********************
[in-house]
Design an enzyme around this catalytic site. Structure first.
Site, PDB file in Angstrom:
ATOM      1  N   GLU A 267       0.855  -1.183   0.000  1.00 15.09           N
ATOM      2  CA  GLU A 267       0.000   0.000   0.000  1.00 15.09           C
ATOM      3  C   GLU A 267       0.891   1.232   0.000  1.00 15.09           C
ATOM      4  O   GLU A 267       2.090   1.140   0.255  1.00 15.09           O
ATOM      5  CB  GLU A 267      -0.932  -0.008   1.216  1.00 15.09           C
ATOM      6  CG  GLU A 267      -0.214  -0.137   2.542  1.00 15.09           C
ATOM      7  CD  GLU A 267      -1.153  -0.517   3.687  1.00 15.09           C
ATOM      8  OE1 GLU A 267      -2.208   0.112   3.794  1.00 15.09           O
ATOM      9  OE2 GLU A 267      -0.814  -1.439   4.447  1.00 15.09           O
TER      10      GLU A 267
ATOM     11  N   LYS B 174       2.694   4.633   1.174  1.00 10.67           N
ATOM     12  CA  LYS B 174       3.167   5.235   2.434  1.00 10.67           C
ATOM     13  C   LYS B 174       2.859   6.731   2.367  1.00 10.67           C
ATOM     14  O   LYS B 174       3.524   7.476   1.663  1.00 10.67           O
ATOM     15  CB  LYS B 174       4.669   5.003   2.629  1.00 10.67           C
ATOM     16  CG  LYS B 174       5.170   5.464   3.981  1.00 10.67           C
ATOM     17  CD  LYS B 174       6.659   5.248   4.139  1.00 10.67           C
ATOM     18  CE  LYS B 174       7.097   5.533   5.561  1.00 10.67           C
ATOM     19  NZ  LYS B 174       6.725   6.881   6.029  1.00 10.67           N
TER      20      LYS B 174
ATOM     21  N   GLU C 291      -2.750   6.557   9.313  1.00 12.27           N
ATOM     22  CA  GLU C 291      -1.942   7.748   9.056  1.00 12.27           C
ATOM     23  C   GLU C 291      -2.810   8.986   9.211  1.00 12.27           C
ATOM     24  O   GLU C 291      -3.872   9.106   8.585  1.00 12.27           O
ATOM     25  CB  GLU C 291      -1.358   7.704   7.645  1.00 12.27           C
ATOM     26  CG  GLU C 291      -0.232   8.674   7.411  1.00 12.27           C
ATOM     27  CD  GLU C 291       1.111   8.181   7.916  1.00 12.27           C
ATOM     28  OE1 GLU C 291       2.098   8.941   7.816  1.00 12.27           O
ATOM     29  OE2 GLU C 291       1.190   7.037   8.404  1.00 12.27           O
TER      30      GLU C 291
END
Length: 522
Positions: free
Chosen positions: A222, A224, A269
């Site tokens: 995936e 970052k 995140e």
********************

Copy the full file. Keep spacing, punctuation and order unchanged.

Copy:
[in-house]
Design an enzyme around this catalytic site. Structure first.
Site, PDB file in Angstrom:
ATOM      1  N   GLU A 267       0.855  -1.183   0.000  1.00 15.09           N
ATOM      2  CA  GLU A 267       0.000   0.000   0.000  1.00 15.09           C
ATOM      3  C   GLU A 267       0.891   1.232   0.000  1.00 15.09           C
ATOM      4  O   GLU A 267       2.090   1.140   0.255  1.00 15.09           O
ATOM      5  CB  GLU A 267      -0.932  -0.008   1.216  1.00 15.09           C
ATOM      6  CG  GLU A 267      -0.214  -0.137   2.542  1.00 15.09           C
ATOM      7  CD  GLU A 267      -1.153  -0.517   3.687  1.00 15.09           C
ATOM      8  OE1 GLU A 267      -2.208   0.112   3.794  1.00 15.09           O
ATOM      9  OE2 GLU A 267      -0.814  -1.439   4.447  1.00 15.09           O
TER      10      GLU A 267
ATOM     11  N   LYS B 174       2.694   4.633   1.174  1.00 10.67           N
ATOM     12  CA  LYS B 174       3.167   5.235   2.434  1.00 10.67           C
ATOM     13  C   LYS B 174       2.859   6.731   2.367  1.00 10.67           C
ATOM     14  O   LYS B 174       3.524   7.476   1.663  1.00 10.67           O
ATOM     15  CB  LYS B 174       4.669   5.003   2.629  1.00 10.67           C
ATOM     16  CG  LYS B 174       5.170   5.464   3.981  1.00 10.67           C
ATOM     17  CD  LYS B 174       6.659   5.248   4.139  1.00 10.67           C
ATOM     18  CE  LYS B 174       7.097   5.533   5.561  1.00 10.67           C
ATOM     19  NZ  LYS B 174       6.725   6.881   6.029  1.00 10.67           N
TER      20      LYS B 174
ATOM     21  N   GLU C 291      -2.750   6.557   9.313  1.00 12.27           N
ATOM     22  CA  GLU C 291      -1.942   7.748   9.056  1.00 12.27           C
ATOM     23  C   GLU C 291      -2.810   8.986   9.211  1.00 12.27           C
ATOM     24  O   GLU C 291      -3.872   9.106   8.585  1.00 12.27           O
ATOM     25  CB  GLU C 291      -1.358   7.704   7.645  1.00 12.27           C
ATOM     26  CG  GLU C 291      -0.232   8.674   7.411  1.00 12.27           C
ATOM     27  CD  GLU C 291       1.111   8.181   7.916  1.00 12.27           C
ATOM     28  OE1 GLU C 291       2.098   8.941   7.816  1.00 12.27           O
ATOM     29  OE2 GLU C 291       1.190   7.037   8.404  1.00 12.27           O
TER      30      GLU C 291
END
Length: 522
Positions: free
Chosen positions: A222, A224, A269
């Site tokens: 995936e 970052k 995140e």